Hancock accepts comment about throwing ‘protective ring’ about care homes gave wrong impression

Keith says on 15 May Hancock said at a No 10 press conference:

Right from the start, we’ve tried to throw a protective ring around our care homes.

Q: Do you accept that that was open to misinterpretation, and that that implied protections were in place at the start?

Hancock says he understands “why people feel strongly about this”. At the press conference he went on to explain what he meant. He had listed measures being taken by the government.

He was trying to summarise the measures being taken.

Q: Prof Van-Tam says a ring is a circle without a break? But the measures were not an unbroken circle of protection.

Hancock says Van-Tam is right.

Cabinet secretary Mark Sedwill thought Hancock hit testing target via ‘creative counting’, inquiry hears

Keith shows Hancock a message he got from Mark Sedwill on 1 May 2020 congratulating him on meeting his target to get testing up to 100,000 tests per day. It was widely said that Hancock only met this target by fiddling the methodology, and Sedwill seems to acknowledge this, congratulating Hancock on “creative counting”.

Message from Sedwill
Message from Sedwill. Photograph: Covid inquiry

Asked if he was engaged in creative counting, Hancock rejects that. He says he achieved the target on every possible measure.

Hancock says there’s ‘spectacular imbalance’ between spending to counter military threats and health threats

Hancock says the government spends £50bn on defence. But it spends less than £500m on the UK Health Security Agency. That is less than 1% of spending going on health security.

Yet health security failings have killed more civilians than terrorism has, he says. He says that is a “spectacular imbalance”.

And he says the head of UKHSA should sit in on the national security council the whole time, instead of just when health topics are being discussed.

Referring to what he said earlier about initially being refused permission to hold a Cobra meeting in January (see 12.36am), he says that if he had gone to the cabinet secretary and said there was a 50/50 chance of a terror attack killing 100,000 people, there would have been a Cobra meeting – and the PM would have chaired it.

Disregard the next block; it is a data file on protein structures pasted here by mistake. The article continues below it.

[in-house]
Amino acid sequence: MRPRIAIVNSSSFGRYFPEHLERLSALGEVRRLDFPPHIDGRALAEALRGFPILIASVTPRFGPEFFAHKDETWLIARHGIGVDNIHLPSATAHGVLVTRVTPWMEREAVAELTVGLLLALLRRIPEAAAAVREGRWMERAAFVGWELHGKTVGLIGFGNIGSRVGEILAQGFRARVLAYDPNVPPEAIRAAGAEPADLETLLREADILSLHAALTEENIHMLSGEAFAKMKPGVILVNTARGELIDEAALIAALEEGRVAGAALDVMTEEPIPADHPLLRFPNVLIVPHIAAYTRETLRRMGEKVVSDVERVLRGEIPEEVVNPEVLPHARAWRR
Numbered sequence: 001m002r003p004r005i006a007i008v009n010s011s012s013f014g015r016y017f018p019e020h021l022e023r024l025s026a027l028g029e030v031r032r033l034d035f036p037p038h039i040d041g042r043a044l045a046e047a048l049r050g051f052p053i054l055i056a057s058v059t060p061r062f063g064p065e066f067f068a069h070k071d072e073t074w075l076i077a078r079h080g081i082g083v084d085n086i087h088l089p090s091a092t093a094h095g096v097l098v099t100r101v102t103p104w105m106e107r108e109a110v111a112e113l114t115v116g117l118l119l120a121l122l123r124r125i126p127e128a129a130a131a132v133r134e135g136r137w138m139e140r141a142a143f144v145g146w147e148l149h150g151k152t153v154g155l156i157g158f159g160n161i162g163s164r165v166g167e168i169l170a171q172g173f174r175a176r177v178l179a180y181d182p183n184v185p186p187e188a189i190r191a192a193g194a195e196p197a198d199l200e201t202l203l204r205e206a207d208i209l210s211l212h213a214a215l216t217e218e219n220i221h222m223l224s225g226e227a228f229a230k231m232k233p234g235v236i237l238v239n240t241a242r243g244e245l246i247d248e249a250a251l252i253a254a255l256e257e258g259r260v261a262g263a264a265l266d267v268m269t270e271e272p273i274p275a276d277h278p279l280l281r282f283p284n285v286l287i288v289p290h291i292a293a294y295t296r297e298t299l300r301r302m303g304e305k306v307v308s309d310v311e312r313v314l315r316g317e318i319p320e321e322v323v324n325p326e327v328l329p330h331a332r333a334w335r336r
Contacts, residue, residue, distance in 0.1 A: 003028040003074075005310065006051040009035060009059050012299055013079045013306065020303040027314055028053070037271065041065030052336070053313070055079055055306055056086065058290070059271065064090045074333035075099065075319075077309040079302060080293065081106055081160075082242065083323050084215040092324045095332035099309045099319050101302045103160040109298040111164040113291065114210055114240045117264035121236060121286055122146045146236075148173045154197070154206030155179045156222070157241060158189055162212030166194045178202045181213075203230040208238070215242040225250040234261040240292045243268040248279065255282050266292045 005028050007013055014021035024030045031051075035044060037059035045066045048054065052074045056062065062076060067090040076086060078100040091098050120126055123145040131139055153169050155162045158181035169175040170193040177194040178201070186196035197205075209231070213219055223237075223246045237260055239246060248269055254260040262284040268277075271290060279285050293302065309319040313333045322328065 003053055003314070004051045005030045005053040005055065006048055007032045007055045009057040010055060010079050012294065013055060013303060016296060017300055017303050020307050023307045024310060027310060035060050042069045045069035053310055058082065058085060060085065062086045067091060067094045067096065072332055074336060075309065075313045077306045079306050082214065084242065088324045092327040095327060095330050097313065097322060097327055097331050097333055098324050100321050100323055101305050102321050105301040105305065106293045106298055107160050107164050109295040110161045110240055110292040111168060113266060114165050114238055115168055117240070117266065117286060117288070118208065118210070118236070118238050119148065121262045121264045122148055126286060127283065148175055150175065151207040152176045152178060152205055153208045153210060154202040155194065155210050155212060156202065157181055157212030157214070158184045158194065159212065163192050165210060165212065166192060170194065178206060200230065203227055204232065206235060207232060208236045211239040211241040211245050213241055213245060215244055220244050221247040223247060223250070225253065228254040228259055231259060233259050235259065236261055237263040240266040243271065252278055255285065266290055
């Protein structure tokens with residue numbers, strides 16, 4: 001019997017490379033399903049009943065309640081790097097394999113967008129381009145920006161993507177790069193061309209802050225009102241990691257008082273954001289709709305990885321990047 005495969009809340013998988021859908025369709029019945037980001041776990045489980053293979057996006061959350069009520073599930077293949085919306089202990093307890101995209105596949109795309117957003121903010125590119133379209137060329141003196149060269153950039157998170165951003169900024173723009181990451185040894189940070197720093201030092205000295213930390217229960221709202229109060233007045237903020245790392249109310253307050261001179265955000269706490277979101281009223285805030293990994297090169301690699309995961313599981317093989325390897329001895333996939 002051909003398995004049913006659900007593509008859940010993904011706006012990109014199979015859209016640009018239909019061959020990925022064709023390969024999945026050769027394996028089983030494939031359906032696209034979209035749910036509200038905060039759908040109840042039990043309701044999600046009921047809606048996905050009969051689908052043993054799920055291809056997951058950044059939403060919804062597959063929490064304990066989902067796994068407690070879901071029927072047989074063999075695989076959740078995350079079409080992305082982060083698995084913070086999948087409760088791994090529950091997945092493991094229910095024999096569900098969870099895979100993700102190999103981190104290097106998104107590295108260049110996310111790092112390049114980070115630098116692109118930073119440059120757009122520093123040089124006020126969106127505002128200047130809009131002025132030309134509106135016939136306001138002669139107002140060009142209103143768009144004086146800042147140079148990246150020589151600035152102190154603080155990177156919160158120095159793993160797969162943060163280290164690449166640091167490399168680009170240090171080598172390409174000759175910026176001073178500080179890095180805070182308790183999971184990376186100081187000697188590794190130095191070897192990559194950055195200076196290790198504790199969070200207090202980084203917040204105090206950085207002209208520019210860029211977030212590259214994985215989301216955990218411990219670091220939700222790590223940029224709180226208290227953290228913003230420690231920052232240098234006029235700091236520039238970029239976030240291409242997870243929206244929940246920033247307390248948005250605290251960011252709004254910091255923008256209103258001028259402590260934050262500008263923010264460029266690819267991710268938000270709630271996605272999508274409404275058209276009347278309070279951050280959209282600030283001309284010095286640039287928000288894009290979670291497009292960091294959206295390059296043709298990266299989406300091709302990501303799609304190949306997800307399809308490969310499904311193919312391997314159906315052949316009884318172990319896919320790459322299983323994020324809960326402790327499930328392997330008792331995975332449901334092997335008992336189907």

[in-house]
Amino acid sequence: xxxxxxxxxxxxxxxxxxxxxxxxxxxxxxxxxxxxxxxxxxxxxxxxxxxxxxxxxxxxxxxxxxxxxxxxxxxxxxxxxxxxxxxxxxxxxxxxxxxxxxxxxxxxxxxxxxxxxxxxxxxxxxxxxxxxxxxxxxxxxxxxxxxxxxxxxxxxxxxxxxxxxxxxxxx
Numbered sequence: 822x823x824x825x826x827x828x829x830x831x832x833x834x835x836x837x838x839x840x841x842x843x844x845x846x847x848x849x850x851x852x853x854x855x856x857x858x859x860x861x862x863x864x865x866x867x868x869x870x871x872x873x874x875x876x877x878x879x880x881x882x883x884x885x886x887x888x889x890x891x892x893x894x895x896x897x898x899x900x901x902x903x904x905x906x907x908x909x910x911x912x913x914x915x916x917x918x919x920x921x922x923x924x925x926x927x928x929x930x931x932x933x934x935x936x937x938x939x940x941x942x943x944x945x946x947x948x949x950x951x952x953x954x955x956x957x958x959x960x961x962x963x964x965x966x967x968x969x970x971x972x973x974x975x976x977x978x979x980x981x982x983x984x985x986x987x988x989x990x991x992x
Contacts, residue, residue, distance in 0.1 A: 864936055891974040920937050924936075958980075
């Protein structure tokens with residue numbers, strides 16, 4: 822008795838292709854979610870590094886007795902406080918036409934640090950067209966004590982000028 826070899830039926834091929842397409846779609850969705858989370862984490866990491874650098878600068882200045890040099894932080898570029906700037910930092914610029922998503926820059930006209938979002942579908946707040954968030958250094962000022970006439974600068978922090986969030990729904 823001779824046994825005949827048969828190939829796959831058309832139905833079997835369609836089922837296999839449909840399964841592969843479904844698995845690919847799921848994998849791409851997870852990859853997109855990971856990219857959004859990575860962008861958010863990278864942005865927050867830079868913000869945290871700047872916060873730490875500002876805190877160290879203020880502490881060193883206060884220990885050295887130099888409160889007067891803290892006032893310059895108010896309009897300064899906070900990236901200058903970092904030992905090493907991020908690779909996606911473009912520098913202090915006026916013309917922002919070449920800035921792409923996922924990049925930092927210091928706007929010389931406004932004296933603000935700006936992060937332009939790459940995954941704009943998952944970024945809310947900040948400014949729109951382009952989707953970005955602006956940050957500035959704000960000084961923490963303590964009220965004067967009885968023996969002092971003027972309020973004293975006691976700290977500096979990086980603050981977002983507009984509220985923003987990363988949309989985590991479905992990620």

Keith asks about Public Health England.

Hancock says its scientific work was superb. At one point it was doing half the genomic sequencing in the world.

But it did not have the capacity to scale up, he says.

And he says it did not want to engage with private companies able to help expand testing capacity.

Back at the Covid inquiry, Hugo Keith KC shows Hancock a paper with referenes to what was said at Sage at various points about what damage might be done to the NHS by a pandemic. Here is one entry.

Advice from Sage
Advice from Sage Photograph: Covid inquiry

Q: Did the government have a view as to when the NHS would be overwhelmed?

Hancock says no one fully knew what that would look like, “but we knew it would be catastrophic”.

This would mean people going without treatment, Hancock says. And he says he was determined that would not happen.

He says the crisis point would depend on various factors, like staffing ratios. In intensive care it is normally one member of staff to one patient. During Covid, at some points that went up to one to six patients.

The NHS would have survived, he says.

But he says, if it had been overwhelmed, it would not have been able to offer care to everyone.

Rishi Sunak speaking to students at the University of Surrey in Guildford this morning.
Rishi Sunak speaking to students at the University of Surrey in Guildford this morning. Photograph: Reuters

Alba party calls for referendum on giving Scottish parliament power to negotiate independence

Libby Brooks

Libby Brooks

In a move that appears as much designed to further annoy the SNP government as advance the cause of independence, Alex Salmond’s Alba party is proposing a referendum on whether the powers of the Scottish parliament should be extended to include the power to legislate for and negotiate independence.

The former SNP leadership candidate Ash Regan, who defected to Alba last month, told a press conference this morning that she would introduce a member’s bill to consult the people of Scotland 10 years on from the 2014 independence referendum.

But Regan admitted that she had not yet spoken to any fellow MSPs about her plan – a member’s bill needs 18 proposers from three parties – but said she saw “no reason” why the Scottish government wouldn’t back it. She did this while sitting alongside the Alba leader, Alex Salmond, who last week launched a multi-million pound damages claim against the very same Scottish government.

Regan also noted that the parliament’s non-government bills department is already “at capacity”.

Salmond boasted that “hardly a day goes by” when he doesn’t speak to SNP parliamentarians, but would not name any SNP MSPs he thought likely to support the bill.

Salmond also revealed that the proposed bill had been his plan B in 2012 in the event of David Cameron refusing an independence referendum.

Both Salmond and Regan insisted their plan, which includes a “consultation” with the wider independence movement, would break the constitutional logjam around a route to another referendum.

At SNP conference in October, the party leader and first minister Humza Yousaf urged members to stop talking about process and convince voters how independence was relevant to the cost of living crisis. The party also agreed that if the SNP wins a majority of Scotland’s Westminster seats at the general election, it will have the mandate to negotiate independence with the UK government.